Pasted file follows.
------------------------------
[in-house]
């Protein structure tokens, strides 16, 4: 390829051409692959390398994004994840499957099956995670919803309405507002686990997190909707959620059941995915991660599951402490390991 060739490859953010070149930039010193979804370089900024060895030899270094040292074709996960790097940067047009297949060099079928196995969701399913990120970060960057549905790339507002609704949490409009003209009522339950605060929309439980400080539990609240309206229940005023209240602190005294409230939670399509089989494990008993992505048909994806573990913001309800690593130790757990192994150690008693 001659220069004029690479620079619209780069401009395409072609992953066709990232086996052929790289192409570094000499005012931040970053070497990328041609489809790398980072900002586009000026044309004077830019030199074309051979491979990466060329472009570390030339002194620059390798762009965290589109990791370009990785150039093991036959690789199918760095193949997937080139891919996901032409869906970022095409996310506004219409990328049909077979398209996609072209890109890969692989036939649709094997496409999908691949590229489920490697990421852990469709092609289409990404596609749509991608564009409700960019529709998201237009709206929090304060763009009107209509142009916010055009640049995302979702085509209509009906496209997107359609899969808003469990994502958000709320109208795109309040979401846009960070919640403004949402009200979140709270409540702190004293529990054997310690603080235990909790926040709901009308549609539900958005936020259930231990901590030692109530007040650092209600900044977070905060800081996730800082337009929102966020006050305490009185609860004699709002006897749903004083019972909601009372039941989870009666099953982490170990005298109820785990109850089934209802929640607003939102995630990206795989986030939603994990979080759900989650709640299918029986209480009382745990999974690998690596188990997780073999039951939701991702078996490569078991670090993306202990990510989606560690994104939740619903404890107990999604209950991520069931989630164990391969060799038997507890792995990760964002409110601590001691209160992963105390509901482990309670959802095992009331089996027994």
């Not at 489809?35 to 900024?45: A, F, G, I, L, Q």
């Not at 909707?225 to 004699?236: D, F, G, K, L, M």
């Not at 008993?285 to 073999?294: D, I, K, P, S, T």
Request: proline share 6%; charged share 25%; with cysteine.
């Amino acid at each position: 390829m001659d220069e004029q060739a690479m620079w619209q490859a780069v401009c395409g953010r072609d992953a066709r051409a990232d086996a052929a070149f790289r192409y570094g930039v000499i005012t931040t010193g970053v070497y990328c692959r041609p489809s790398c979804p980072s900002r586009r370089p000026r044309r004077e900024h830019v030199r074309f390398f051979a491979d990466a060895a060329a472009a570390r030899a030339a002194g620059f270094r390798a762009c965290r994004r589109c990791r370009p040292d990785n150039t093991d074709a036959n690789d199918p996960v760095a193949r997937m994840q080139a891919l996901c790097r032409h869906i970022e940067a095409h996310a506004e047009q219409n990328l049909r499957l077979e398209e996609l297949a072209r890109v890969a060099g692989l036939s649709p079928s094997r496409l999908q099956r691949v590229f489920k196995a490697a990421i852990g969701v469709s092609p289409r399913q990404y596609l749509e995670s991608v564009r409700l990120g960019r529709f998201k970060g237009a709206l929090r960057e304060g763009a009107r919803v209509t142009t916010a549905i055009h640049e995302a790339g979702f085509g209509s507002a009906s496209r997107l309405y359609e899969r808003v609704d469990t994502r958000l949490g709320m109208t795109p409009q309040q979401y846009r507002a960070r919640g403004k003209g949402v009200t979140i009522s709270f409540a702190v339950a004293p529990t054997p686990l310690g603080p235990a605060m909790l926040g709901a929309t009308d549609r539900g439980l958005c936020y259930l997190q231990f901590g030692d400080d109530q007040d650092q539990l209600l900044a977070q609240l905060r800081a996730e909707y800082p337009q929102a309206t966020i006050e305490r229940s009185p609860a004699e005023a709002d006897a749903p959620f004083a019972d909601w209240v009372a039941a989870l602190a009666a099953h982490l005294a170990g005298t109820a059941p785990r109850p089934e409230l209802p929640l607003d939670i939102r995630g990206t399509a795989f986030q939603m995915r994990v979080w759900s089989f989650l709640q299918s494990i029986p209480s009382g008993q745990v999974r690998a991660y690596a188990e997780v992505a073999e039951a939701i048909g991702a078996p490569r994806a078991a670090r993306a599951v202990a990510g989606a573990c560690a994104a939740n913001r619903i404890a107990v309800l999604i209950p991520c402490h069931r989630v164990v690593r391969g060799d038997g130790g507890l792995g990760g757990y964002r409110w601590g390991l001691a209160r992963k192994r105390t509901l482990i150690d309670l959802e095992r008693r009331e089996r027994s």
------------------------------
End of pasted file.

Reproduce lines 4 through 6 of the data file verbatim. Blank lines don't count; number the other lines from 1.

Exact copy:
């Not at 909707?225 to 004699?236: D, F, G, K, L, M």
């Not at 008993?285 to 073999?294: D, I, K, P, S, T």
Request: proline share 6%; charged share 25%; with cysteine.